‘How broken and shattered is the hammer of the whole earth.’ This is an interesting term of reference, that Babylon should be called ‘the hammer of the whole earth.’ This is a term used to describe the victory of Judas Maccabaeus over Syria, and even one of the kings of England, Edward 1, has inscribed on his tomb in Westminster Abbey the same words, ‘hammer of the Scots’, only they are written in Latin.
Babylon’s destruction of the temple was to the Babylonians a sign that they had overcome the God of the Jews. Thus, judgment on Babylon was God’s vengeance on them for thinking that they had defeated the God of the Jews. Those in Jerusalem, therefore, would rejoice when the announcement would be made that Babylon had fallen.
Verse 30 here is the same as Jeremiah 49:26. There are other occasions when Jeremiah repeated his words in this book. Babylon was to be rewarded for her work. As she had done to others, so it would be done to her. As she took other nations out of existence, so she would be taken out of existence. As she was proud and arrogant against others, other nations were called to humble her.
Israel is encouraged by her deliverance. Israel was in bondage from which she could not deliver herself. Only God could work among the nations in order to release her from her captivity. Through God’s grace, therefore, Israel was released from bondage and brought back to her homeland.
However, it took the destruction of her captors in order to accomplish the freedom of His people. And so, it has happened in reference to the Christian’s deliverance from the kingdom of Satan, Ephesians 4:7-10.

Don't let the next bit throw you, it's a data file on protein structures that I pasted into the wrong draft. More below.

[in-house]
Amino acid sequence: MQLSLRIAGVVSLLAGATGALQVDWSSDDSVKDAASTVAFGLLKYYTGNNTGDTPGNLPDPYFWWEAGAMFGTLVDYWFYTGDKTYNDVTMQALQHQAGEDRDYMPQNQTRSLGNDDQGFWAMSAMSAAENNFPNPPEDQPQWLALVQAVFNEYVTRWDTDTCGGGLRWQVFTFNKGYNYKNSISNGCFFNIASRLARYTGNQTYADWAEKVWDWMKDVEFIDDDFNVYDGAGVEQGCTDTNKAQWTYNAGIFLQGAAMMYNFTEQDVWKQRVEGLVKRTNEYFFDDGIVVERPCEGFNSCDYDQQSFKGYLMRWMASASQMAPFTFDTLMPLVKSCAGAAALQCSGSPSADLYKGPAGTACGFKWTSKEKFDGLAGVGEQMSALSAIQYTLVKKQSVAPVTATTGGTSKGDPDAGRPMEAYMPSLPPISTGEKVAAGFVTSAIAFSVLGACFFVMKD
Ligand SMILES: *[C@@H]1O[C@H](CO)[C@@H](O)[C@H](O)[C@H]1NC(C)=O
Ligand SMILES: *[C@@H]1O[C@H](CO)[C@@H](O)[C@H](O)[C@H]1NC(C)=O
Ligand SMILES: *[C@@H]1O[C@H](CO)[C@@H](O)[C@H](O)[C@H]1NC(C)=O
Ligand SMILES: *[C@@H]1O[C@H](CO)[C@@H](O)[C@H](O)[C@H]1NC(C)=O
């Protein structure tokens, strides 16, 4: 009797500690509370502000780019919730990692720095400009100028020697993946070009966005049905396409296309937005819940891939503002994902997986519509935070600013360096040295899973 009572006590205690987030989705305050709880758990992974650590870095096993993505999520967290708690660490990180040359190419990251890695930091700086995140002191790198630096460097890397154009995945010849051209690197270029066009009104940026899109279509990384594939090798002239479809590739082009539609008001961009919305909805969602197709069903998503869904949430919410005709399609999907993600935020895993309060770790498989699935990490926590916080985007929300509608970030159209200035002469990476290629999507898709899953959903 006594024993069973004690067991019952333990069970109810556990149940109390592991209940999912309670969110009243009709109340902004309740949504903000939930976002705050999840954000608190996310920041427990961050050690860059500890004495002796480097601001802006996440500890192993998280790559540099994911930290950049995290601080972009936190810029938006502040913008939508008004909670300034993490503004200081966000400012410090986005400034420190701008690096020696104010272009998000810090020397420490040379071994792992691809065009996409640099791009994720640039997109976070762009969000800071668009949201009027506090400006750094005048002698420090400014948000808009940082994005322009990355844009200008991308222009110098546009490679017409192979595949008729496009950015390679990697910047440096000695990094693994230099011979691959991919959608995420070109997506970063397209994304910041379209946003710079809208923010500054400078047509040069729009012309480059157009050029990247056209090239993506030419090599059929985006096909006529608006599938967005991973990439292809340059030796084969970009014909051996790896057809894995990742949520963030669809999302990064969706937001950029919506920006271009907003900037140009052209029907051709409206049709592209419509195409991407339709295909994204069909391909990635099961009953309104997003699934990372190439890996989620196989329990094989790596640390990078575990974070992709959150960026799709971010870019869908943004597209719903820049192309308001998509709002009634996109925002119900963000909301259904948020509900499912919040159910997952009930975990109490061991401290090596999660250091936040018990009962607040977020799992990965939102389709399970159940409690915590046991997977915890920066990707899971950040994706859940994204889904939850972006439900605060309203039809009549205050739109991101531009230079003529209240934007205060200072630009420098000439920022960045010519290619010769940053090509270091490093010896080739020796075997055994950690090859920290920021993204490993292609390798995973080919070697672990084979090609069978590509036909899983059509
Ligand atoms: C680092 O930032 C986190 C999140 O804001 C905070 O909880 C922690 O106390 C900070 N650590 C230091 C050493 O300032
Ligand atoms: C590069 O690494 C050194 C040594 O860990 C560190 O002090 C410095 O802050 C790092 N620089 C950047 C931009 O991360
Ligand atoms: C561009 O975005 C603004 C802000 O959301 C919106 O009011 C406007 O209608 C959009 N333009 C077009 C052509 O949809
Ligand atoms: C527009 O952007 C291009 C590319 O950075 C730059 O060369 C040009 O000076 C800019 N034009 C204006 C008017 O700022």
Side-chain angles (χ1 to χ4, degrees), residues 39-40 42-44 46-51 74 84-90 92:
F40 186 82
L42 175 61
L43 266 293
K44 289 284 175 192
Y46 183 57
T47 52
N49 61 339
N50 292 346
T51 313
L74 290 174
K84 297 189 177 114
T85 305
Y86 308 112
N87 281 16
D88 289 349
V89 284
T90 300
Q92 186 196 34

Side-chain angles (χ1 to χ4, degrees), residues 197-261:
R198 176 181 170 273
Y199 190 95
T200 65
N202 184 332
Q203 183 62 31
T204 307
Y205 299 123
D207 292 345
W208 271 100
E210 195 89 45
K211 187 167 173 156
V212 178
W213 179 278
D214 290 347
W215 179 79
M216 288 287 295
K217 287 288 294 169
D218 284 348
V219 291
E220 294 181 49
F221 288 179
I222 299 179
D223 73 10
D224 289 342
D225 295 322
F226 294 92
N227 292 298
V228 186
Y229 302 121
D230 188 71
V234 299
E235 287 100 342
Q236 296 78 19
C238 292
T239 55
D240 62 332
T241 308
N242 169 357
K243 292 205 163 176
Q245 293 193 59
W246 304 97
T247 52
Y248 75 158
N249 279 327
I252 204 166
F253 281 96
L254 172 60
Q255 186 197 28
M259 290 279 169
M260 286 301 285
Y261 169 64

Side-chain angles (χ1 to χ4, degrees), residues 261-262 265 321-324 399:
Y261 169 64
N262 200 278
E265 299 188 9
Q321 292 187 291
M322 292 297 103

As the Babylonians had used the sword to amass their empire, so the sword will devour the nation. All the leaders, princes and priests alike, would suffer from the strike of the sword. Those mercenaries who were in allegiance with the Babylonians, would forsake their commitment and allow the empire to fall.
Though their soldiers were fierce against those they conquered, they would become feeble as women. She would be plundered of her riches and made ashamed of her idols, which idol gods would not deliver her in her day of calamity.
As the cities of Sodom and Gomorrah ceased to exist, so would the Babylonian Empire. People continue to exist who make up empires, but the government, kings and princes, cease, no longer to rise again.
Since many of the ancient empires were based on the leadership of a predominant king, and his son or sons who reigned after him, when the dynasty was terminated, the empire ceased to exist. So, it would be with the Babylonian Empire. The people of the empire would continue under the control of a new empire.
A coalition between the Medes and Persians took over the Babylonian Empire in 539 B.C. As Babylon had shown no mercy to the nations she conquered, no mercy would be shown to her. In reference to the King of Babylon, read Daniel 5 where Belshazzar was given a sign of his doom.
The fall of the Babylonian Empire caused great joy among all the nations who had succumbed to her might. All those exiles who had been taken from their homelands rejoiced over the empire that had decimated their homelands. There was no remorse over the fall of the Babylonian Empire.
This prophecy against the Babylonians continues into the next chapter, Jeremiah 51. The next chapter is the longest chapter in the book, with 64 verses. These two chapters combined consist of 110 verses.
They are, together, the longest single prophecy of Jeremiah’s. Perhaps that gives some indication of the extent of God’s anger against them.